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Main Title Evaluation of Chemical and Biological Methods for the Identification of Mutagenic and Cytotoxic Hazardous Waste Samples.
Author Andon, B. ; Jackson, M. ; Houk, V. ; Claxton, L. ;
CORP Author Health Effects Research Lab., Research Triangle Park, NC. ;Environmental Health Research and Testing, Inc., Research Triangle Park, NC. ;North Carolina Univ. at Chapell Hill. Dept. of Environmental Sciences and Engineering.
Year Published 1984
Report Number EPA-600/D-84-150;
Stock Number PB84-201615
Additional Subjects Hazardous materials ; Chemical analysis ; Mutagens ; Toxicity ; Bioassay ; Solvent extraction ; Thin layer chromatography ; Coking ; Herbicides ; Petroleum refining ; In vitro analysis ; Toxic substances ; Solid wastes
Library Call Number Additional Info Location Last
NTIS  PB84-201615 Some EPA libraries have a fiche copy filed under the call number shown. 07/26/2022
Collation 27p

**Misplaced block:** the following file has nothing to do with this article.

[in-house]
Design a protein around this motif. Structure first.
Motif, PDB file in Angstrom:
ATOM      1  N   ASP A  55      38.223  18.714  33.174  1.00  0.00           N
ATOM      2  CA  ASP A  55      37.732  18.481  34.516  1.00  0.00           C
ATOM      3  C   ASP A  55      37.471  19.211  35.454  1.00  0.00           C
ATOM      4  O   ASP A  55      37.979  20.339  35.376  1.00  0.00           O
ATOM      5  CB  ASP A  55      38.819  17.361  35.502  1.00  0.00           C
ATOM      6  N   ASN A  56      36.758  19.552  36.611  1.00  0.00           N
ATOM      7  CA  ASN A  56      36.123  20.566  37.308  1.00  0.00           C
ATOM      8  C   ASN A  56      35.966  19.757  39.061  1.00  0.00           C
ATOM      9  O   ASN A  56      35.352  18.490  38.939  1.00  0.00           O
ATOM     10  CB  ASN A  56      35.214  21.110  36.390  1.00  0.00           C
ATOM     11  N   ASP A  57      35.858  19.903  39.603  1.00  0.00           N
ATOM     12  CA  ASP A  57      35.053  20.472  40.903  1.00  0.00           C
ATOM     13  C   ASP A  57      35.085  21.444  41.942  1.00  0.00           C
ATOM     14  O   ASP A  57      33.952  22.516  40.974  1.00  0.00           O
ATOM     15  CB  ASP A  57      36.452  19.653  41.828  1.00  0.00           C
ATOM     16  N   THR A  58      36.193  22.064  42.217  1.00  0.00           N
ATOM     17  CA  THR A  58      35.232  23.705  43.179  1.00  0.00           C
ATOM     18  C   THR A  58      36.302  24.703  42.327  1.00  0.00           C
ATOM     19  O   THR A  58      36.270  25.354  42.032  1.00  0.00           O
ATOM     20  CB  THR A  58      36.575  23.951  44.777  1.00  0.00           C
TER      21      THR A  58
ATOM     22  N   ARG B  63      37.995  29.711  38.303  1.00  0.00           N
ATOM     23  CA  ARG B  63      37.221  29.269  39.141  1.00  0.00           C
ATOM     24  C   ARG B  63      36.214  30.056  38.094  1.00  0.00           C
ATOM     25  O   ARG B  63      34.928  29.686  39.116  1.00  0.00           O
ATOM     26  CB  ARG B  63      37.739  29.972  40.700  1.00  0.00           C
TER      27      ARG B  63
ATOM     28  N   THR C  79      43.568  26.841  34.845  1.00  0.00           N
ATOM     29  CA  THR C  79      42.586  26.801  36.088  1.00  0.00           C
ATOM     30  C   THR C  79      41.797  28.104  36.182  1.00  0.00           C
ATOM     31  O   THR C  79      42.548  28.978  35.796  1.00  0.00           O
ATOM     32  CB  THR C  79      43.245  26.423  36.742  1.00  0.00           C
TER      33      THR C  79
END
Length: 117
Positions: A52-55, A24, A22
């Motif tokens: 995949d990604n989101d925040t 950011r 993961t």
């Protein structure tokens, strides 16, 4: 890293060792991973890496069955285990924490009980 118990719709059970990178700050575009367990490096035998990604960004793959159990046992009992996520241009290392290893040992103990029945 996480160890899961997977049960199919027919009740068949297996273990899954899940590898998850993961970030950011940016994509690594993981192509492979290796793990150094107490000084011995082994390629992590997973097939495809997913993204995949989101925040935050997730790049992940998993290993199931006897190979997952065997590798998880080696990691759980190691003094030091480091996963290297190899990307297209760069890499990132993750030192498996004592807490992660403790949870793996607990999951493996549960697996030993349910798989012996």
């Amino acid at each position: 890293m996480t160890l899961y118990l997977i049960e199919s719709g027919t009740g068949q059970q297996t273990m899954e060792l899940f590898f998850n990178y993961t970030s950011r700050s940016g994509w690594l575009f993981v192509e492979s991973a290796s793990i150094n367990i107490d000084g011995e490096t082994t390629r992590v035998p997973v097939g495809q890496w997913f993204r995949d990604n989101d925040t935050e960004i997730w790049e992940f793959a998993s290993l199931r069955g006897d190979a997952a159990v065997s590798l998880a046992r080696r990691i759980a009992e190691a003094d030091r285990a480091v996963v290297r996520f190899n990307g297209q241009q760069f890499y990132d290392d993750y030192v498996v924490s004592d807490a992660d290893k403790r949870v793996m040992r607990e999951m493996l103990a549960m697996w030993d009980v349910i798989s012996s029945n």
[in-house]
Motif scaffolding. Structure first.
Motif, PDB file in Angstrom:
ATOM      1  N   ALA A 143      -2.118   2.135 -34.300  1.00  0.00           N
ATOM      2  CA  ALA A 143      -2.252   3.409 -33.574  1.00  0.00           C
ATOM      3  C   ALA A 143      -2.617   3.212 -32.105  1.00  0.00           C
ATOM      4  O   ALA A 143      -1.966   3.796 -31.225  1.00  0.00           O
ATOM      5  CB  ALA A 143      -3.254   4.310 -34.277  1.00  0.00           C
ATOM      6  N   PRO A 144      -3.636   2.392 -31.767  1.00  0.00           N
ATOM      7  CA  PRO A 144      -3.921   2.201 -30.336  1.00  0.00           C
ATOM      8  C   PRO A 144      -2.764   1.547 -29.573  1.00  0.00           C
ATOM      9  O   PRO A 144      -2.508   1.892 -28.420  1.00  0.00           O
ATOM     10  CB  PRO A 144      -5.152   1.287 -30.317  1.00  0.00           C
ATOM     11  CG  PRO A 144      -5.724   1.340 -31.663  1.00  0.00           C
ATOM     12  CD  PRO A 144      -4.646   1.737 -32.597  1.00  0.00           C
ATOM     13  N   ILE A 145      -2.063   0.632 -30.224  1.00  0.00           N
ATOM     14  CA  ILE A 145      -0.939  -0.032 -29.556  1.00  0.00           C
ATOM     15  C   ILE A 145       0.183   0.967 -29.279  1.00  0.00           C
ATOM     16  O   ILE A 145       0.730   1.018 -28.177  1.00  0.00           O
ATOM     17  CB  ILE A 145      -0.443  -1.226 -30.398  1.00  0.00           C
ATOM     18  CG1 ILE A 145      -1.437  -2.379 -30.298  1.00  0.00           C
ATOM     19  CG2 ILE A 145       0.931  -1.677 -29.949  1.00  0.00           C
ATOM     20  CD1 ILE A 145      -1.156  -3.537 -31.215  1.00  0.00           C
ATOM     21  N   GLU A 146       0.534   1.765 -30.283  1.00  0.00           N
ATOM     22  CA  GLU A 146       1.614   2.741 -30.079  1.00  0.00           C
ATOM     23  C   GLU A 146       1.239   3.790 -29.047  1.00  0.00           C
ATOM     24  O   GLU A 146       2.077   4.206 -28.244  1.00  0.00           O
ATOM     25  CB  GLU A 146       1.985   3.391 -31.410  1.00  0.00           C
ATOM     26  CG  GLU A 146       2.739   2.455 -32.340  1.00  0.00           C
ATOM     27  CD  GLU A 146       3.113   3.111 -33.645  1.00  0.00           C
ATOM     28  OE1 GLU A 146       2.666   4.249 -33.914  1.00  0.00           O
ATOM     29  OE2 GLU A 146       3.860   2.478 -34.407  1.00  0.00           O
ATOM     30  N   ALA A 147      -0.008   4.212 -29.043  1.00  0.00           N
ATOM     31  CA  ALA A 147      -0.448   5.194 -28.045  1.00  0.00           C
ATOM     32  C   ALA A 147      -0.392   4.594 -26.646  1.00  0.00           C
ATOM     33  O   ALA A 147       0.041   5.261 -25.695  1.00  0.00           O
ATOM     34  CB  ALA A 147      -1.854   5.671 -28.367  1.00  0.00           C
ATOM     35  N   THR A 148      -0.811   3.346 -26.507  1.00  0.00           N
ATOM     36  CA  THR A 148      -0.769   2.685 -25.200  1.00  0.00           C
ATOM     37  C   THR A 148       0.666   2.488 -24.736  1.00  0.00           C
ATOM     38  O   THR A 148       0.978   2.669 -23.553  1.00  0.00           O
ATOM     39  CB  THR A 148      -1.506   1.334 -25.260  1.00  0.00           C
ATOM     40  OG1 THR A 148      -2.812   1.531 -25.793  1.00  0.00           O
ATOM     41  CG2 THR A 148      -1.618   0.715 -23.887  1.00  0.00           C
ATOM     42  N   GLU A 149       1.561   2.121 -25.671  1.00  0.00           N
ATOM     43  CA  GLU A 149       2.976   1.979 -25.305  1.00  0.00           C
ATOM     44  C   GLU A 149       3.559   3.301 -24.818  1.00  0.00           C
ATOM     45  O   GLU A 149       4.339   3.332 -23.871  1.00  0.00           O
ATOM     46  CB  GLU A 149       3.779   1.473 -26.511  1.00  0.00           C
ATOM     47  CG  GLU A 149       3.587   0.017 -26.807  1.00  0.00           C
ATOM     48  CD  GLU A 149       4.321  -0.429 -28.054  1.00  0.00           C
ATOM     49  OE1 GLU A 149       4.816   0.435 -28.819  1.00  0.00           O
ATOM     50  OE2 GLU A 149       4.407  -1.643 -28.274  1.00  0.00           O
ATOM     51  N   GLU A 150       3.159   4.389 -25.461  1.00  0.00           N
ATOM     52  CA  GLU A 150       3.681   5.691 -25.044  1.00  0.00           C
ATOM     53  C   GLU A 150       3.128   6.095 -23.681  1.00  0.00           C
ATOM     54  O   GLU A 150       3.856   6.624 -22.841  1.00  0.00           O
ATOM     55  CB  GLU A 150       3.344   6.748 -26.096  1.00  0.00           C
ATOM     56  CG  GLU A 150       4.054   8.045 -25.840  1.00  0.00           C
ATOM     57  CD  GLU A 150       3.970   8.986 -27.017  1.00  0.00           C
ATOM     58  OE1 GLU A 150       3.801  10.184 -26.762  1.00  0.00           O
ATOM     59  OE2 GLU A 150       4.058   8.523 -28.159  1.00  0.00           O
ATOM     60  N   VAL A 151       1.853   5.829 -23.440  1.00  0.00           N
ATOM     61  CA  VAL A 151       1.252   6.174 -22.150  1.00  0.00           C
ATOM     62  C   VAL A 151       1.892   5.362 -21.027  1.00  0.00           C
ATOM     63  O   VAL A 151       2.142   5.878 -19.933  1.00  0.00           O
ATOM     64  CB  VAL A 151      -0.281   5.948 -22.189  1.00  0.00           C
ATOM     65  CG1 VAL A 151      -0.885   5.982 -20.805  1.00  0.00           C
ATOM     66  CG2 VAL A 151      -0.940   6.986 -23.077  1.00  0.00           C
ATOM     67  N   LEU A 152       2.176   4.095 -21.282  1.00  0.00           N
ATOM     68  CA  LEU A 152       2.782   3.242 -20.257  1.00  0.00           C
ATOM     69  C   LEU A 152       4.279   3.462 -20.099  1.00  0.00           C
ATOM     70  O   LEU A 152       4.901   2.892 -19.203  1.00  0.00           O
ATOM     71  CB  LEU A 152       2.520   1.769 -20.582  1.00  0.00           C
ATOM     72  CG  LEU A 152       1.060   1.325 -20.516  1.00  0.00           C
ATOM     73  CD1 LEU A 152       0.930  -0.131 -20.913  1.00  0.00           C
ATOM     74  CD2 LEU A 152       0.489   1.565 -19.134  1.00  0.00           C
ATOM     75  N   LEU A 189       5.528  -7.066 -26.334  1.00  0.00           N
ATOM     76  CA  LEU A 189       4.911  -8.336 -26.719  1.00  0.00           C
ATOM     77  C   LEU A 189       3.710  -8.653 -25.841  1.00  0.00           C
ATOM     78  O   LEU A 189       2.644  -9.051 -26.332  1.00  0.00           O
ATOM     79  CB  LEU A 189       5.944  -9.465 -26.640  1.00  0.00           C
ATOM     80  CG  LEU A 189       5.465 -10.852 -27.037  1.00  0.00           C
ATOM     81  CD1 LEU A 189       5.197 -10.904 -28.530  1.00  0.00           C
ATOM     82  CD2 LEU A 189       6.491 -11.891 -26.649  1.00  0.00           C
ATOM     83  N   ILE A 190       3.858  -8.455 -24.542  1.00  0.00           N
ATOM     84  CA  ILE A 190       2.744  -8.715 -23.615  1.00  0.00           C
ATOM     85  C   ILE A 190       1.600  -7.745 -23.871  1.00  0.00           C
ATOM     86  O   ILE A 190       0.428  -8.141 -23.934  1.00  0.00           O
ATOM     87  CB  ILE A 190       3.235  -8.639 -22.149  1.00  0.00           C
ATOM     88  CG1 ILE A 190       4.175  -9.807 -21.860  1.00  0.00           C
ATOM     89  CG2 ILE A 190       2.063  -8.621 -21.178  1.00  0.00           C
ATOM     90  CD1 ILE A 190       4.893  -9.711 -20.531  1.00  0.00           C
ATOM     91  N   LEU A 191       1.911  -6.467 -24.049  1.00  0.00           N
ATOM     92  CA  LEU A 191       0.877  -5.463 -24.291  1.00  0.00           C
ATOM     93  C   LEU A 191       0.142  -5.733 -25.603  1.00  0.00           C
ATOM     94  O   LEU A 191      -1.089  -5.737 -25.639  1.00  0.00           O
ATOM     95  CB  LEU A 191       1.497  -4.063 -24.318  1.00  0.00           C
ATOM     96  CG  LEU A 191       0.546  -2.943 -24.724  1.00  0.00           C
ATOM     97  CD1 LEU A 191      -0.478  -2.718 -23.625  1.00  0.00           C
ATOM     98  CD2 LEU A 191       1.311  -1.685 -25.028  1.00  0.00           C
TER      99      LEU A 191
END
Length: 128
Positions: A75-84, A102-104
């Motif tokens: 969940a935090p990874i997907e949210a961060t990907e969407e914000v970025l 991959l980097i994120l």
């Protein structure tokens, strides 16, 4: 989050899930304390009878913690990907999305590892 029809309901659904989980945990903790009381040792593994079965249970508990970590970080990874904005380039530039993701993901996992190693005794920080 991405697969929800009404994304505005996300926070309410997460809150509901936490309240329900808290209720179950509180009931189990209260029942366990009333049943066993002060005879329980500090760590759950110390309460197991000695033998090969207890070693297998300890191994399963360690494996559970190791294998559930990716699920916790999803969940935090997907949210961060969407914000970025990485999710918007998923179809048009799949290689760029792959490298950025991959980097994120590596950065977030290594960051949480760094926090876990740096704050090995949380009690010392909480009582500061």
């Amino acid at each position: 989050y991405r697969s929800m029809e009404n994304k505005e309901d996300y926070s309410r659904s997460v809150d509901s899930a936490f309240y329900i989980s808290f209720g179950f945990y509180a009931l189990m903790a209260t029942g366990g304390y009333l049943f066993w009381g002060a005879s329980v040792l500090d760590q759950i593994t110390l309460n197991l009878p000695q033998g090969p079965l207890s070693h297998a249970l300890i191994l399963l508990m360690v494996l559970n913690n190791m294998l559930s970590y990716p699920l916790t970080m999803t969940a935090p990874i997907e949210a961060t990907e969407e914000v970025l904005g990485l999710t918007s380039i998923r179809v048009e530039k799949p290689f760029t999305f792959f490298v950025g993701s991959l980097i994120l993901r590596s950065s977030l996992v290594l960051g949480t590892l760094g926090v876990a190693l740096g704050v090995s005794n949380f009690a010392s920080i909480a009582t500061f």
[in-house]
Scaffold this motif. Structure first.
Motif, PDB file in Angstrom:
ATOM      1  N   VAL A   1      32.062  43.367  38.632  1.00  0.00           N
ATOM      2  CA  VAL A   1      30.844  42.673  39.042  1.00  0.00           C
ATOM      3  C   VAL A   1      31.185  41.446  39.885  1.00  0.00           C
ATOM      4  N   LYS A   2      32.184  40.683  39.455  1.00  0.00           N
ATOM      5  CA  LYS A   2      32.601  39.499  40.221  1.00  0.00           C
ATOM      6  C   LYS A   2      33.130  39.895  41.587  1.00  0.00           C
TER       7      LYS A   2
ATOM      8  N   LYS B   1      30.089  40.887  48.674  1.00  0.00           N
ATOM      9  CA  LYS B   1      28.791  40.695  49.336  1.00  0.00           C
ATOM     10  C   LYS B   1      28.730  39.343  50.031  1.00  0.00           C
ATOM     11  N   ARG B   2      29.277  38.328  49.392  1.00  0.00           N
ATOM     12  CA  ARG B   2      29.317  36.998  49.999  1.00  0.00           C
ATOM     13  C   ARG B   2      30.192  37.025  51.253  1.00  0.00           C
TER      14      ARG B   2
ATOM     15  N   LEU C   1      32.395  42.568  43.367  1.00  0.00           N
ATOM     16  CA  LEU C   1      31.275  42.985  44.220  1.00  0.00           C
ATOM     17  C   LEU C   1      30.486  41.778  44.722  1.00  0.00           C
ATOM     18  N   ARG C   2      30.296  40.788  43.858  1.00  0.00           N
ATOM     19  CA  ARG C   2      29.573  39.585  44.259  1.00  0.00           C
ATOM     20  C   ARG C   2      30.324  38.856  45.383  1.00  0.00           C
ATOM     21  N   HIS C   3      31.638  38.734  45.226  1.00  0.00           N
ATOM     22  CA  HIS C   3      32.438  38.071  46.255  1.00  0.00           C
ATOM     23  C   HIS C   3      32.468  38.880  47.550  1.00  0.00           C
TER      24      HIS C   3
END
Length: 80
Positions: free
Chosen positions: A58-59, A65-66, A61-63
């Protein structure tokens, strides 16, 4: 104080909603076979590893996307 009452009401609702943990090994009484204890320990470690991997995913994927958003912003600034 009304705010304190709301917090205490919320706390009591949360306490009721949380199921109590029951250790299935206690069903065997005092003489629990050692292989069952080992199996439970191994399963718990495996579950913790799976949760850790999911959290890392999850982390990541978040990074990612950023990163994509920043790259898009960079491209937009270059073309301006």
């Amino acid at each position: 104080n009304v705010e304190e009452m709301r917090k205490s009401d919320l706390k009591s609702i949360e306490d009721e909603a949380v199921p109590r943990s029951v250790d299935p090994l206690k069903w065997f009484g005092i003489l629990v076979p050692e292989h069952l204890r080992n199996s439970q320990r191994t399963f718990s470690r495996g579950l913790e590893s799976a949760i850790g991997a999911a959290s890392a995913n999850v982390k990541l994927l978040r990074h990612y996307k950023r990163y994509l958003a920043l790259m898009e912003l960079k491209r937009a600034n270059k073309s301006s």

To assist in the development of methods for identifying potentially hazardous wastes, the authors have conducted studies on the extraction of toxicants from several solid waste samples. The extracts were tested for toxicity in the Chinese Hamster Ovary (CHO) Cytotoxicity Test and for mutagenic potential in the Salmonella Histidine Reversion Assay. A new technique was also employed which measured the mutagenicity of neat waste samples by coupling Thin Layer Chromatography (TLC) with the Salmonella Histidine Reversion Assay. The wastes selected for study were coke plant waste, herbicide manufacturing acetone-water effluent, and oil refining waste. Three extraction solvents, ethanol (ETOH), dichloromethane (DCM), and dimethylsulfoxide (DMSO), were chosen based on their solubility and compatibility with bioassay procedures. Each sample was divided into three parts and extracted with each of the three solvents separately. All extracts were tested in the Salmonella assay at five dose levels with five Ames tester strains in the presence and in the absence of an exogenous metabolizing system. DMSO and DCM extracts were utilized for CHO cytotoxicity evaluations. The three neat waste samples and two extracts were assayed with the TLC technique. In addition to the biological assessments, the gross chemical parameters for each sample were determined. Results showed that coke plant waste and herbicide mfg. acetone-water were mutagenic to S. typhimurium with the standard plate test. With the TLC technique, the neat coke plant waste was mutagenic and oil refining waste was toxic. Oil refining waste was also toxic to CHO cells.